"Cat Goes Fiddle-I-Fee"
Adapted by Paul Galdone
Illustrated by Paul Galdone
(Guild Books, 1985)

A nice retelling of this old English nursery rhyme... There are several versions of this song you can find; this is one of the nicer ones. Clean, simple artwork with some interesting details you can comment on (like what kind of food each animal gets, etc...) Not stunning, but a nice read. Kind of old-fashioned, 1970s-ish artwork.

"The Cat In The Hat Beginner Book Dictionary -- In Spanish"
Written by P.D. Eastman
Illustrated by P.D. Eastman
(Random House/Beginner Books, 1966)

A nice entry-level reference book... I've never been that into the English-only version, but this bilingual edition is much more engaging. The pictures are cheerful and illustrative (you gotta love Eastman's artwork!) and there are gazillions of entries, with lots of fun stuff to look at... A few small quibbles: the Cat In The Hat branding is a little duplicitous, since the Cat doesn't appear anywhere inside the book, other than on the front cover. Also, the Spanish content is given secondary status to the English entries -- the book's graphic layout remains the same, so it is still organized by the English-language words (All, Ant, Apple, Attic, etc.) instead of the Spanish, which is fine if you are approaching it as an English speaker, but it doesn't work well for a language immersion approach (you can't learn a bunch of Spanish-language "A" words all at the same time, for example.) More significantly, the singular forms of each word are not always given -- Spanish words are introduced within the context of sample sentences, so nouns are often pluralized, and verbs are often conjugated (although only in one form), so you need to have considerable previous background with the language to really explain the translations. All in all, though, this is a very good resource, which introduces over 1300 words en espanol and also provides a pronunciation guide at the end, just in case. A fine tool, especially when used in conjunction with other language resources. (Also see: my modest bilingual book list) (B+)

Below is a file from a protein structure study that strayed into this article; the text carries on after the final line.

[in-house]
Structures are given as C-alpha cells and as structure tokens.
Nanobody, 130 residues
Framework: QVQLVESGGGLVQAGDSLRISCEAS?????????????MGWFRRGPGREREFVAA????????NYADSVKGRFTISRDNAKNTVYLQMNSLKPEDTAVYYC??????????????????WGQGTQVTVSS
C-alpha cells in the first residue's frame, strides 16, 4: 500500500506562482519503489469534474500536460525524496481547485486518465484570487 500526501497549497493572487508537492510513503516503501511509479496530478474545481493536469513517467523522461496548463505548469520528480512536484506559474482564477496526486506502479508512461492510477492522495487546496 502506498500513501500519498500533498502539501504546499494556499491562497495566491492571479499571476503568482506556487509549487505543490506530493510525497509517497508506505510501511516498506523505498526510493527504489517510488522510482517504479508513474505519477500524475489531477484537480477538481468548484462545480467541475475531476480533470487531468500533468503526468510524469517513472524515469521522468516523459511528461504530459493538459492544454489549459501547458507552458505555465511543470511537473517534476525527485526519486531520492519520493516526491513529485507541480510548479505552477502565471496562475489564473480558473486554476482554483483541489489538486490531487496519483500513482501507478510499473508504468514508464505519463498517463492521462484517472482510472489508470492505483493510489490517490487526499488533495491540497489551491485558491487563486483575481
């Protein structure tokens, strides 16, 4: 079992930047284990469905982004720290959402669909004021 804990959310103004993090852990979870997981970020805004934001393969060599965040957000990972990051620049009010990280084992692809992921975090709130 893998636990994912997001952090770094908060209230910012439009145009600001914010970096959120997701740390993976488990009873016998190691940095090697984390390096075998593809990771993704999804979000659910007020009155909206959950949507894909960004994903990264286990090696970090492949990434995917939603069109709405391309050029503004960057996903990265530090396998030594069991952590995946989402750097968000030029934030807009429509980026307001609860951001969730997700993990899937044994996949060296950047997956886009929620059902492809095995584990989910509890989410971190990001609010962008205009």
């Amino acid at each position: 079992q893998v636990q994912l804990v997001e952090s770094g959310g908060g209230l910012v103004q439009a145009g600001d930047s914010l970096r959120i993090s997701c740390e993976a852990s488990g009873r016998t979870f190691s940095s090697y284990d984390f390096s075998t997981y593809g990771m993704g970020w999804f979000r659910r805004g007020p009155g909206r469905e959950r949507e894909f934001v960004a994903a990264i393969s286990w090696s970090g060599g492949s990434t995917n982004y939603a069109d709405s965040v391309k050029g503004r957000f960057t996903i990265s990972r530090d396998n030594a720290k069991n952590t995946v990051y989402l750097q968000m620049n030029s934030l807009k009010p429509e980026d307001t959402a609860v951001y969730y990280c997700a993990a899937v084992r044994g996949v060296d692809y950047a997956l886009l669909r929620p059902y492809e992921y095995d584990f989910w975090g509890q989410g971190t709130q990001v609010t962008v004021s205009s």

"Cat Up A Tree"
Written by Jon & Ann Hassert
Illustrated by Jon & Ann Hassert
(Houghton Mifflin, 1998)

A goofy lark about an old lady who sees some cats stuck up in a tree -- first one, then five, then ten... -- and she asks the police, then the fire department, then city hall and even the post office to help get them down. No one can help, so she takes matters in her own hands and winds up with forty new pets in her tiny little house. The story and artwork are quite fanciful... This doesn't necessarily stick to your ribs, but it's a nice read... Some of the humor might be best suited for slightly older kids (in the 6-8 year old range perhaps...?) but it's still a cute book. (B)

More Books By Title - More Letter "C"

Home Page

Other Book Reviews
Slipcue.Com (Music & Film)

Copyright owned by Read That Again.Com.  All Rights Reserved.  
Unauthorized use, reproduction or translation is prohibited.